Stop Snoring. Sleep Better.

Snoring Can Result in Reduced Productivity at Work

Those of you with snoring problems that result in daytime fatigue generally will also face problems at work because of the sleep deprivation issues involved.

A study at Sweden’s University Hospital at Uppsula found that that those who snored or suffered from obstructive sleep apnea (OSA) faced increased difficulties in concentration, learning new tasks and performing monotonous tasks when compared to non-snorers.

Jan Ulfberg. M.D., and associates came to their conclusions after studying men from age 30 to 64. Their study also confirmed a connection between body mass and snoring, which has been previously reported (overweight individuals tend to snore more, in other words).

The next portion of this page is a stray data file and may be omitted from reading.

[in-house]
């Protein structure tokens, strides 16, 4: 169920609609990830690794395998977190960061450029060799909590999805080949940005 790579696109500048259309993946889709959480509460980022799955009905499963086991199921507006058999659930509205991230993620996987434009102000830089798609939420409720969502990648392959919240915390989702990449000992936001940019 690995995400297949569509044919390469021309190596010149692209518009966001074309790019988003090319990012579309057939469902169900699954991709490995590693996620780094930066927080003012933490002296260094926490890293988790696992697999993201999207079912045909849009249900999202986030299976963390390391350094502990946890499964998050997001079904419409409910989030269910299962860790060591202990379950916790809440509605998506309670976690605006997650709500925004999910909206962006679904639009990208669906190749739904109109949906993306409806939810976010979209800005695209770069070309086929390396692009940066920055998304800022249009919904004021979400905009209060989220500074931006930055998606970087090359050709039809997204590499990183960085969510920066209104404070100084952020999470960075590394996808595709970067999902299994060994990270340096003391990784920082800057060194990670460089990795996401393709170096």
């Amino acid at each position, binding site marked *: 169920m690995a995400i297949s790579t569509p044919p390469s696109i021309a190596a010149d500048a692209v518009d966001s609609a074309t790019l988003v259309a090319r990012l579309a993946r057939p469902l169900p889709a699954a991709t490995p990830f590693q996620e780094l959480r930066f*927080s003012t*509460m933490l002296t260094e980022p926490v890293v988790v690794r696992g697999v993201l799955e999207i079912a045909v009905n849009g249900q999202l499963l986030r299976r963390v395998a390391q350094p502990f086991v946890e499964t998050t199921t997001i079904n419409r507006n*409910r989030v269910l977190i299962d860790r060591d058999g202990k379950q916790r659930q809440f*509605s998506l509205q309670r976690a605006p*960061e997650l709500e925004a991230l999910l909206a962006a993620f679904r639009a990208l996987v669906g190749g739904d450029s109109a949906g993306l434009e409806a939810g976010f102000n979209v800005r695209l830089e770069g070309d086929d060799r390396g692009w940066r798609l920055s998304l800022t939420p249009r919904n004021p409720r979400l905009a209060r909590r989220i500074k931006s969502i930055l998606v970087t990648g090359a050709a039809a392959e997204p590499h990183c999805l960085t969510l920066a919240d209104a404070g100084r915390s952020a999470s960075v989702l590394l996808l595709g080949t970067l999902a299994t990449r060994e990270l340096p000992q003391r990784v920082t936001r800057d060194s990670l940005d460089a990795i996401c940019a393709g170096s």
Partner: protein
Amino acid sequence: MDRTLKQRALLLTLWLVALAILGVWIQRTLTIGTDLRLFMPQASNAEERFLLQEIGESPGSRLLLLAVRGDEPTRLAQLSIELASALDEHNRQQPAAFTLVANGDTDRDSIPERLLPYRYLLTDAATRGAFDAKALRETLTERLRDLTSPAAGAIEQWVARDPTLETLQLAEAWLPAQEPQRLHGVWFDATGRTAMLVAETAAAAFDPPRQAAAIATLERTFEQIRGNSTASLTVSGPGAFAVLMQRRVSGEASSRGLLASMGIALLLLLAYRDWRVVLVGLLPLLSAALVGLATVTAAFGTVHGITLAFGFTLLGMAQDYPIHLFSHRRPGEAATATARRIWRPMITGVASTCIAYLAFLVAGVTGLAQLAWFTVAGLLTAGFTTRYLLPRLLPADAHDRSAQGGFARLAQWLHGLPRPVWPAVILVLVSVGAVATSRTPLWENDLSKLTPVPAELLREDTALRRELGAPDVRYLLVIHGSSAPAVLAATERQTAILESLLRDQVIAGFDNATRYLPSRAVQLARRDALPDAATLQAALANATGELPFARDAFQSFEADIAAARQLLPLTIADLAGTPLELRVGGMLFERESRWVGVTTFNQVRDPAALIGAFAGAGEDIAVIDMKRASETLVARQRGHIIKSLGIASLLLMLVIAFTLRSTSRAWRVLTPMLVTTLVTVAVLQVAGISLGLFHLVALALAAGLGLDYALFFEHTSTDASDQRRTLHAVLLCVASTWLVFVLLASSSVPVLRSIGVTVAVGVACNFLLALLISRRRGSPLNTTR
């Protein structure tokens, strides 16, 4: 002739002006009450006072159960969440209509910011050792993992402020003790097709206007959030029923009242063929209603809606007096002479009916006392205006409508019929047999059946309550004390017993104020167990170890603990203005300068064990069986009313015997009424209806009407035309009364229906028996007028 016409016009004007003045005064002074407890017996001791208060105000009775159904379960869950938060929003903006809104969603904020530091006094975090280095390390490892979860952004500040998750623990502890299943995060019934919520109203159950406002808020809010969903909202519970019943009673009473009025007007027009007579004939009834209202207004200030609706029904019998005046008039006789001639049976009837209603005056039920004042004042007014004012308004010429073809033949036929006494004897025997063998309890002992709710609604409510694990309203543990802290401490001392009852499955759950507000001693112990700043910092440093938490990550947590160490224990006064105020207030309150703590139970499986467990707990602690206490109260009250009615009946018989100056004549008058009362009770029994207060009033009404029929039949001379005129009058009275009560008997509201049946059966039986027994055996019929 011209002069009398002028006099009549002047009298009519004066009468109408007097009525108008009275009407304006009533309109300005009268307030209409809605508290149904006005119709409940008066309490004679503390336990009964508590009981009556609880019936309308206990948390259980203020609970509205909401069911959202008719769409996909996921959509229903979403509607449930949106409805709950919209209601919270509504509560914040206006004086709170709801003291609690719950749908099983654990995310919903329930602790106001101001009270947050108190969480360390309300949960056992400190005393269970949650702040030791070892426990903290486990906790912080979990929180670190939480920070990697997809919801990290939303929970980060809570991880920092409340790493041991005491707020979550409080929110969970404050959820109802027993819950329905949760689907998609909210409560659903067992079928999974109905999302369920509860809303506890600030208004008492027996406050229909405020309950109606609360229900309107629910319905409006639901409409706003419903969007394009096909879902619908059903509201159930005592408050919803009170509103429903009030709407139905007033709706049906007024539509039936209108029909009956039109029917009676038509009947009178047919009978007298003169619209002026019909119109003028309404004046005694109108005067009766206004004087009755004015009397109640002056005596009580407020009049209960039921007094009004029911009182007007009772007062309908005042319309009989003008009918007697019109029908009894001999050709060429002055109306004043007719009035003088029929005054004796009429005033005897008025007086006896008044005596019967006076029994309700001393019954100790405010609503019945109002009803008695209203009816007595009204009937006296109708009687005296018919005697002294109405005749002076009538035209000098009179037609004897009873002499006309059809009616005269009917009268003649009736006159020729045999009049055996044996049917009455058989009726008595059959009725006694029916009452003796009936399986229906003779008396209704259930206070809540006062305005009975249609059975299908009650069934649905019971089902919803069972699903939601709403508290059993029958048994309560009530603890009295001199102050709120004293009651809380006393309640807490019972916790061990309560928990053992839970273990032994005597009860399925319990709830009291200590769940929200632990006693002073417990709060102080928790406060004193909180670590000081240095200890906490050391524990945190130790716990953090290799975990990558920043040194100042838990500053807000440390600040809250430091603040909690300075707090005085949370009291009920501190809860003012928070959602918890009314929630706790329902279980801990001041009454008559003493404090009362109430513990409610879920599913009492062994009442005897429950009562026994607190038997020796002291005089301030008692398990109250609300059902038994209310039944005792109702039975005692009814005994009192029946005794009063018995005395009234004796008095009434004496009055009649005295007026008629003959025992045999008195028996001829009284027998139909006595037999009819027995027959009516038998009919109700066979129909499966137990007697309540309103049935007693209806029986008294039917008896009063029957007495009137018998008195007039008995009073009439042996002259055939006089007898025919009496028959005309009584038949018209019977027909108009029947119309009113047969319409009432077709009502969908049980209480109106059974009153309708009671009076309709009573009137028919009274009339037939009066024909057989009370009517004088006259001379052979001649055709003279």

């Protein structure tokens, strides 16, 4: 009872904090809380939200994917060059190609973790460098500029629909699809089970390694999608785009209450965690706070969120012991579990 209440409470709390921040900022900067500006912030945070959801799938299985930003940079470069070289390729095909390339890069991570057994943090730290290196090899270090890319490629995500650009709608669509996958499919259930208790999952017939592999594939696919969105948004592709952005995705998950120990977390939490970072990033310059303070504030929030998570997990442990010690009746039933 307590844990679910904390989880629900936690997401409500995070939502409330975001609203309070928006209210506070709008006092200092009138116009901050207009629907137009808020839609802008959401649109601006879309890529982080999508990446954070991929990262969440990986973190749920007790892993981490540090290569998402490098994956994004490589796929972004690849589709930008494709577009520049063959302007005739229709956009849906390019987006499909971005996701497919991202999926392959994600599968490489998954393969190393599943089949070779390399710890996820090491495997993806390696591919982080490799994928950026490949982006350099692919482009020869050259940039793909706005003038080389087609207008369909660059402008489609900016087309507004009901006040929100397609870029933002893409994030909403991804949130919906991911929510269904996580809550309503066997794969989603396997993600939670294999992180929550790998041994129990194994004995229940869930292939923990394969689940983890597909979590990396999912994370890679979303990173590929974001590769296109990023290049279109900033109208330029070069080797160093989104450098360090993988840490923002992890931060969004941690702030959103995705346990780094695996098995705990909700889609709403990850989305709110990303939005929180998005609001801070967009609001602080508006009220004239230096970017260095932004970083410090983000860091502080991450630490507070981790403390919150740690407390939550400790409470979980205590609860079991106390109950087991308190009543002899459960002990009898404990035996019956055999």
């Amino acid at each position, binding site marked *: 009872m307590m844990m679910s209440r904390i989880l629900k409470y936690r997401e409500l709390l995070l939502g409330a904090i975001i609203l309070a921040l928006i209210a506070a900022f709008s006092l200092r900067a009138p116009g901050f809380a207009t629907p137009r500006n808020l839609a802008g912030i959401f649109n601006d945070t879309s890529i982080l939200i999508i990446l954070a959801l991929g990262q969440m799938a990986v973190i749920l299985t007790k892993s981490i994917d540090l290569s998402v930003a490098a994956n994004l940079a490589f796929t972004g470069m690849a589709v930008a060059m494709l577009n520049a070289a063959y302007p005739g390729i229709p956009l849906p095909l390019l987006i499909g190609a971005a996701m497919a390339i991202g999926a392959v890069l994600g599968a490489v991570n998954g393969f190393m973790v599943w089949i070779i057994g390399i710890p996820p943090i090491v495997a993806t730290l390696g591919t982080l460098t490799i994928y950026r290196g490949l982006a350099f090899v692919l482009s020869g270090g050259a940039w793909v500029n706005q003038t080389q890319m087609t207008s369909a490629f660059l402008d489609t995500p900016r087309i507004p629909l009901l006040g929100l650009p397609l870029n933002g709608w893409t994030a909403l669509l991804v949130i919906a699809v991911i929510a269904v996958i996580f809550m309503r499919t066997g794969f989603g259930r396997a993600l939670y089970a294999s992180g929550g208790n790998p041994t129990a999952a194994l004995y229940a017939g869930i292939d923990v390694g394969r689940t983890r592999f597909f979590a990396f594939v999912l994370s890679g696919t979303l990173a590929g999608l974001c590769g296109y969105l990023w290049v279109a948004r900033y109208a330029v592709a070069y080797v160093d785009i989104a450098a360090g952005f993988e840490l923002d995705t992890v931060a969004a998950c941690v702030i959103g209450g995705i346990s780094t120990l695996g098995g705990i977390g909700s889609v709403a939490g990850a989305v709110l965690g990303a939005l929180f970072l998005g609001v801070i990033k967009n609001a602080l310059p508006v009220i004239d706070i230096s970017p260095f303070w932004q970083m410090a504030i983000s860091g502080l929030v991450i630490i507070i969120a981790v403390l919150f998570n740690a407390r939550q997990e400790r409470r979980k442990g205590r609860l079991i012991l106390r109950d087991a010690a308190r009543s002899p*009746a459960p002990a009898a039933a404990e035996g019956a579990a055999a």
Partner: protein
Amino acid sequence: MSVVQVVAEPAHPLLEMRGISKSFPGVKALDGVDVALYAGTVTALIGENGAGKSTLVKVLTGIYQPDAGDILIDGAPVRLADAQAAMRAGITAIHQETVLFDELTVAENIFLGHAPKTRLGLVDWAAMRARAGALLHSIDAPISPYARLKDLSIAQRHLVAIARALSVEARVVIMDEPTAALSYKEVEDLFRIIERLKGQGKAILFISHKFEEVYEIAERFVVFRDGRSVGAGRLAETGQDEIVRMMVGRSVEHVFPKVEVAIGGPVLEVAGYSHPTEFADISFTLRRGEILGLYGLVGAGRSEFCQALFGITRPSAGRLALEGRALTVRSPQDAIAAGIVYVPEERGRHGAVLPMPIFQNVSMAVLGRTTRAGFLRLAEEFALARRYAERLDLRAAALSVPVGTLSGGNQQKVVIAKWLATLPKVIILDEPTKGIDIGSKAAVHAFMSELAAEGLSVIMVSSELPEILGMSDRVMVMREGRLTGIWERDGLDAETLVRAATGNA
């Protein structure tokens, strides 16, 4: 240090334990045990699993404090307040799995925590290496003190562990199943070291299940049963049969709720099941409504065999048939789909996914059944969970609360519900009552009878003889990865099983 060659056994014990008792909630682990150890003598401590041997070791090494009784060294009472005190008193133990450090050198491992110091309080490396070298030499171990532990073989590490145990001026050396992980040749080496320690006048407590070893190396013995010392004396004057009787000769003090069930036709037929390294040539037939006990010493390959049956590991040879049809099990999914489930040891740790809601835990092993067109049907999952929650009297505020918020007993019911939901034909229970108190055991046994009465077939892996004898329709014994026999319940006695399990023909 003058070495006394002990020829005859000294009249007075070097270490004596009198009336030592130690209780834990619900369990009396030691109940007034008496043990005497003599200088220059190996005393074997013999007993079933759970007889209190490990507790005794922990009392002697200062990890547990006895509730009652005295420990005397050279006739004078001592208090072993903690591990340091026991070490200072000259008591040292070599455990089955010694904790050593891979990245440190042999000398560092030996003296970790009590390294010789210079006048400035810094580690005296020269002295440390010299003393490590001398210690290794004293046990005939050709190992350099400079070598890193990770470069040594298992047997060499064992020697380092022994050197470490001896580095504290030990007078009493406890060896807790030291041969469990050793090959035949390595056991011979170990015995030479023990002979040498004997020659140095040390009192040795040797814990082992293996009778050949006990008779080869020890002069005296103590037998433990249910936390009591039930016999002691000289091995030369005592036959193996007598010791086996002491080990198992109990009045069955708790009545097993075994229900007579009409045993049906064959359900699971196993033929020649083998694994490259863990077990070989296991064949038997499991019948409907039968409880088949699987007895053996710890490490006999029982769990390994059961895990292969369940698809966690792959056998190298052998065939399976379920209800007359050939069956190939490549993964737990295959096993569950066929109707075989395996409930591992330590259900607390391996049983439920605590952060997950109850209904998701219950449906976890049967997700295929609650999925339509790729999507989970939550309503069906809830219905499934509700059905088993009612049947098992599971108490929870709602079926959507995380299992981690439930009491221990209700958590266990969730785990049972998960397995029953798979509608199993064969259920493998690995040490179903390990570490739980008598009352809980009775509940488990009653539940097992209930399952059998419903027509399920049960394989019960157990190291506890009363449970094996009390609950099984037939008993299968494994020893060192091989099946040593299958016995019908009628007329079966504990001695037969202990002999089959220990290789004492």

Thus snoring is more than just an inconvenience to one’s spouse or sleeping partner; it is also a detriment to one’s performance at work and potentially to one’s career achievements.

There are many causes of snoring besides just weight; many causes are congenital, others acquired through life-style or physical challenges. In almost every case, however, there is a treatment that can lessen and/or eliminate the snoring problem.

Getting tested and treated is particularly important if you suffer from OSA or even just from loud, chronic snoring. The former to a great extent and the latter to a good extent can lead to problems such as hypertension, irregular heart rhythm and heart problems in general.

If you snore, it is always in your best interest to seek professional advice from those who have been specially trained in sleep problems and their treatments. Don’t just shrug it off as “normal.” Your career could well suffer as a result, to say nothing of the problems you may cause in your relationships with interrupted sleeping.

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